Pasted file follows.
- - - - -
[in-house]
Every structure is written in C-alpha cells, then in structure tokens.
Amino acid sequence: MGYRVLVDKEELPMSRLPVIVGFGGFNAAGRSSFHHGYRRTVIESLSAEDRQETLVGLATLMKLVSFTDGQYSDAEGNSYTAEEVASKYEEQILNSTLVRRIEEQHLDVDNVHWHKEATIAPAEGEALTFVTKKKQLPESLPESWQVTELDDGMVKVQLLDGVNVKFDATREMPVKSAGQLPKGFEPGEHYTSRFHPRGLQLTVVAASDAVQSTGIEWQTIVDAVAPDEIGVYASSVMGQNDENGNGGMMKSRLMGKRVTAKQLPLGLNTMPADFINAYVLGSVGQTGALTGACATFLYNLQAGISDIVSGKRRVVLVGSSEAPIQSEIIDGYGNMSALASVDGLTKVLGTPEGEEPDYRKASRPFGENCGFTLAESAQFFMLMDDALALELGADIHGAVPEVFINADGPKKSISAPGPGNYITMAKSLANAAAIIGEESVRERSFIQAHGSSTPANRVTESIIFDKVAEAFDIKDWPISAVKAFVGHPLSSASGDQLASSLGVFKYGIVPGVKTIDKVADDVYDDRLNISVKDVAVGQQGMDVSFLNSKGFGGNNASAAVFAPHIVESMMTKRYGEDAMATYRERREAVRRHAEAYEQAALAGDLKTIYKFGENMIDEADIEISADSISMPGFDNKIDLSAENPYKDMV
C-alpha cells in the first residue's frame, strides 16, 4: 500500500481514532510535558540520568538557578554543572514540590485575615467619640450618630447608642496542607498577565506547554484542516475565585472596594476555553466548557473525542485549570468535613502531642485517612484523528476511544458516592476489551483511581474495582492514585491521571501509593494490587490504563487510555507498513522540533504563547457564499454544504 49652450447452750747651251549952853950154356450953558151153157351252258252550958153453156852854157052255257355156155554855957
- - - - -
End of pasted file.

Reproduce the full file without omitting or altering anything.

[in-house]
Every structure is written in C-alpha cells, then in structure tokens.
Amino acid sequence: MGYRVLVDKEELPMSRLPVIVGFGGFNAAGRSSFHHGYRRTVIESLSAEDRQETLVGLATLMKLVSFTDGQYSDAEGNSYTAEEVASKYEEQILNSTLVRRIEEQHLDVDNVHWHKEATIAPAEGEALTFVTKKKQLPESLPESWQVTELDDGMVKVQLLDGVNVKFDATREMPVKSAGQLPKGFEPGEHYTSRFHPRGLQLTVVAASDAVQSTGIEWQTIVDAVAPDEIGVYASSVMGQNDENGNGGMMKSRLMGKRVTAKQLPLGLNTMPADFINAYVLGSVGQTGALTGACATFLYNLQAGISDIVSGKRRVVLVGSSEAPIQSEIIDGYGNMSALASVDGLTKVLGTPEGEEPDYRKASRPFGENCGFTLAESAQFFMLMDDALALELGADIHGAVPEVFINADGPKKSISAPGPGNYITMAKSLANAAAIIGEESVRERSFIQAHGSSTPANRVTESIIFDKVAEAFDIKDWPISAVKAFVGHPLSSASGDQLASSLGVFKYGIVPGVKTIDKVADDVYDDRLNISVKDVAVGQQGMDVSFLNSKGFGGNNASAAVFAPHIVESMMTKRYGEDAMATYRERREAVRRHAEAYEQAALAGDLKTIYKFGENMIDEADIEISADSISMPGFDNKIDLSAENPYKDMV
C-alpha cells in the first residue's frame, strides 16, 4: 500500500481514532510535558540520568538557578554543572514540590485575615467619640450618630447608642496542607498577565506547554484542516475565585472596594476555553466548557473525542485549570468535613502531642485517612484523528476511544458516592476489551483511581474495582492514585491521571501509593494490587490504563487510555507498513522540533504563547457564499454544504 49652450447452750747651251549952853950154356450953558151153157351252258252550958153453156852854157052255257355156155554855957